Photo by Jon Chase
Its poignancy is its simplicity. Three candles, snuffed out. A bunch of irises, white and speckled red on long green stems, kept fresh by the recent rains. A bit of tree branch, leaves slowly yellowing. And an origami crane, symbolizing long life and happiness, fashioned from foil.
And taped to the base of the John Harvard statue above, three pages with photos of New York: showing the World Trade Center towers as they stood on Sept. 10, as their crumbled wreckage stands today, and as the New York skyline looks now – empty.
The impromptu memorial to the victims of the Sept. 11 World Trade Center tragedy draws barely a glance from T-shirted students and University staff hustling by, between classes and meetings. Perhaps it’s because they’re focused on their destination. Perhaps it’s because they’ve passed the spot many times this week. Perhaps it’s because they’ve listened, and watched, and grieved so much already.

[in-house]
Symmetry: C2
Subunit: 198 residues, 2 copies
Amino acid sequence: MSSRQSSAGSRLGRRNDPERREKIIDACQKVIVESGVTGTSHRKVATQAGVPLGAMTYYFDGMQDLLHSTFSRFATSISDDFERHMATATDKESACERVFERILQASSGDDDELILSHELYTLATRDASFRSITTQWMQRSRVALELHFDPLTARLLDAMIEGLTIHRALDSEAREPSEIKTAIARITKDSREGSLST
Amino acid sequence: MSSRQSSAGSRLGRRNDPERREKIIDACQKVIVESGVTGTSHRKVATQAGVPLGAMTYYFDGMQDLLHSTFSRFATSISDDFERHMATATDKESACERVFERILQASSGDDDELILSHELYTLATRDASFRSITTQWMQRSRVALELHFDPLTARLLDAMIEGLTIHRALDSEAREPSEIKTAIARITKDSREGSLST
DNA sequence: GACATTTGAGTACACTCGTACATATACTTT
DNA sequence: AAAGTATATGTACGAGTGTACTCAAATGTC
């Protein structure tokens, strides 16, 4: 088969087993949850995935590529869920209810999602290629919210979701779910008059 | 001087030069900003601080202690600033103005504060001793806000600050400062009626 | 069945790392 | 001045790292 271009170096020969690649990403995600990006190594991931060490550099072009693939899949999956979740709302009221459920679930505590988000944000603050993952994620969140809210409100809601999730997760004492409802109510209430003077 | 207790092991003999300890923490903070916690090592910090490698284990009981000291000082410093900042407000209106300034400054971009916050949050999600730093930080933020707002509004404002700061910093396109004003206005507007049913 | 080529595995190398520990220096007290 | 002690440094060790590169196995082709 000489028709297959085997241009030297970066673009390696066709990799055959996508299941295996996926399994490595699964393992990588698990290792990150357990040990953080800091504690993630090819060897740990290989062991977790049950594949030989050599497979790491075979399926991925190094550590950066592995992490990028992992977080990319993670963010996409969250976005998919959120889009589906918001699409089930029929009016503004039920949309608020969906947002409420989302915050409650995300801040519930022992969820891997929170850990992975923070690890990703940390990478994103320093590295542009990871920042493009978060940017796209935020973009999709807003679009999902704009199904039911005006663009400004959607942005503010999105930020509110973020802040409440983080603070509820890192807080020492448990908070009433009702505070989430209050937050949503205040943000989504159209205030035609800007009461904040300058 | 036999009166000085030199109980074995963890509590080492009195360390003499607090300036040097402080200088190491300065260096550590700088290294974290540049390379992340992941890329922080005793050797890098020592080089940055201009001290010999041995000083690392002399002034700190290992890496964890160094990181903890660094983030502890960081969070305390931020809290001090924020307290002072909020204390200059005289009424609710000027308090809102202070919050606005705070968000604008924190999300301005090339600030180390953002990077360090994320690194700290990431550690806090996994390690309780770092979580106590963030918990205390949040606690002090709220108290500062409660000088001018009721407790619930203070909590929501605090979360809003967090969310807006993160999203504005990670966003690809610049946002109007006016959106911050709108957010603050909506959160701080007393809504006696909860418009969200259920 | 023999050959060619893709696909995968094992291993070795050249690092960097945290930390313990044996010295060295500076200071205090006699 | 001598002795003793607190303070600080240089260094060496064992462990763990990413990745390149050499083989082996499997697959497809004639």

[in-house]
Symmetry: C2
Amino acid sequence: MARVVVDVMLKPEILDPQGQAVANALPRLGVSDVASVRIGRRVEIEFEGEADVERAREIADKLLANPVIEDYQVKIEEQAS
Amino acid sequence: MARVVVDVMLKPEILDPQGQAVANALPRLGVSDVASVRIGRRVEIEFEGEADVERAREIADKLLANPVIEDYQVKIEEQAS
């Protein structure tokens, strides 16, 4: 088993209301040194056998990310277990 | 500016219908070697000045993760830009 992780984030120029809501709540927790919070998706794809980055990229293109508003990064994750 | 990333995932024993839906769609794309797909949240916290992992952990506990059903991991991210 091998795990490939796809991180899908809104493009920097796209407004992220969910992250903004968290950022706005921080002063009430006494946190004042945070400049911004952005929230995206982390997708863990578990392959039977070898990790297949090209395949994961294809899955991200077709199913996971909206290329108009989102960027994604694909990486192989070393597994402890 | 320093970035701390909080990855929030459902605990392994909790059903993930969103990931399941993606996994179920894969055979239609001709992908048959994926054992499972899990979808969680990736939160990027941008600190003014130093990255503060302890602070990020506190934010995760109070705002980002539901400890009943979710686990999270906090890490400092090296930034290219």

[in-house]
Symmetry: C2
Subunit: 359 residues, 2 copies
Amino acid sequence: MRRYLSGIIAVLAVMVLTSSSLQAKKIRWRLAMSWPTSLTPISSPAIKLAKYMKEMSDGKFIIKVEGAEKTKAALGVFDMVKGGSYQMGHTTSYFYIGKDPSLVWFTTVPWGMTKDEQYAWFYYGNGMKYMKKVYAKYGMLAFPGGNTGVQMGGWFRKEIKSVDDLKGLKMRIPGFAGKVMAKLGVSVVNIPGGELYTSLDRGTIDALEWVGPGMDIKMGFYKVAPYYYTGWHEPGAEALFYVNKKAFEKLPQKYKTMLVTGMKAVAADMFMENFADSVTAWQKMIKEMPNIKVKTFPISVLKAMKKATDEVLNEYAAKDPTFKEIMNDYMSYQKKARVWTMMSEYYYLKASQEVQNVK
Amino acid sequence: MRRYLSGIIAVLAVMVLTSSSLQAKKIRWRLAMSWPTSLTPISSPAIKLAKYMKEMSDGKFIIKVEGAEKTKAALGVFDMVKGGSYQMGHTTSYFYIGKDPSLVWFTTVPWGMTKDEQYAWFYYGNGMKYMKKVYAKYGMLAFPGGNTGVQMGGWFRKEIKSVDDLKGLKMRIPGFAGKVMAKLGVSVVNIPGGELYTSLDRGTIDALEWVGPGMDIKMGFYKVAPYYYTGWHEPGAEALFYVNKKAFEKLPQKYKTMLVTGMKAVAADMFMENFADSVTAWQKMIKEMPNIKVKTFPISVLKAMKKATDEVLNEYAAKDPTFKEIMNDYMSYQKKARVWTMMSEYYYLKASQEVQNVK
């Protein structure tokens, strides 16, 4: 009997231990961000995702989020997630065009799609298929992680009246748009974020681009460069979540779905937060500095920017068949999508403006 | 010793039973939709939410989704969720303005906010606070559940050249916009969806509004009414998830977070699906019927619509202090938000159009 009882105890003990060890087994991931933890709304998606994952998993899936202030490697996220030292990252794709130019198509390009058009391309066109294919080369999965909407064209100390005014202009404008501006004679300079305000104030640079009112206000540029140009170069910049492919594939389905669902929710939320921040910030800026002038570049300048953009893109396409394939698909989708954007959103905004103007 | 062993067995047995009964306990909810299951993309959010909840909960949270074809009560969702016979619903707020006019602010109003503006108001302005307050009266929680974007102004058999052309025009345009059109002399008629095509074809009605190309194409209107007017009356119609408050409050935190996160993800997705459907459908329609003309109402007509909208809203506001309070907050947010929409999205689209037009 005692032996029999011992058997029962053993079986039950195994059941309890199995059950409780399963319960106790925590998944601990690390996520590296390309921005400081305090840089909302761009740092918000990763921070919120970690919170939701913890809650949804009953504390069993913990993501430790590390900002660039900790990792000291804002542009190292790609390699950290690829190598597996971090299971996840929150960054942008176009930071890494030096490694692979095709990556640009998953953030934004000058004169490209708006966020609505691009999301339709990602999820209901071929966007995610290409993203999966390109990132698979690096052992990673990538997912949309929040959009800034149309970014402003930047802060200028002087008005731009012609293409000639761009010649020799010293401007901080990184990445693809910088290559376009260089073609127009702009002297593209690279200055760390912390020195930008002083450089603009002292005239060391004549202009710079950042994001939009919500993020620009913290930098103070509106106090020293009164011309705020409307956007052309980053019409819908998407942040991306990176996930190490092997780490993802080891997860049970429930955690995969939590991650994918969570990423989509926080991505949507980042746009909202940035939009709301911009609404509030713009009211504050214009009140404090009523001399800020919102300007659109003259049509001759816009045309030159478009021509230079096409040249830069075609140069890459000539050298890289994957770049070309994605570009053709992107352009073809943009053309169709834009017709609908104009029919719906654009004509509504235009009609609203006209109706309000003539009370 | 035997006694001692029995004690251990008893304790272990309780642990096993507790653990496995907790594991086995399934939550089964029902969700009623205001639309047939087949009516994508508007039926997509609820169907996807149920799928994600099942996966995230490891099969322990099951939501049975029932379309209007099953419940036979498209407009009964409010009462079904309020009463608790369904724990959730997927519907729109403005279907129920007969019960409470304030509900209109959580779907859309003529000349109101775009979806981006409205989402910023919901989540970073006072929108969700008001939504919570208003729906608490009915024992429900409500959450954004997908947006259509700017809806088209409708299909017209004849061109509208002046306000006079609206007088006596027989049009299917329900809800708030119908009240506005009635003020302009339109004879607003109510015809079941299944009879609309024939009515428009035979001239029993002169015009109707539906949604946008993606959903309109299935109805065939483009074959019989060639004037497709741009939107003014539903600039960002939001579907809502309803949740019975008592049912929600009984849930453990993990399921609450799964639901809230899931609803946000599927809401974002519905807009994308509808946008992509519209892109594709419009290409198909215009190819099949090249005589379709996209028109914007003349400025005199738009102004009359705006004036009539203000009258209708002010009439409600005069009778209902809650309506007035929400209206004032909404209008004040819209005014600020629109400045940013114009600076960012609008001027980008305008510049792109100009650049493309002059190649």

But occasionally a glance still lingers on the three pages. Steps slow to examine the arranged items. Then a rustle above draws the eyes up, to a large American flag, waving slowly as it watches over John Harvard and the assembled items below.
The person moves on. And the flag and the statue, and the simple memorial to courage amid horror, wait for someone else to slow and stop and look.
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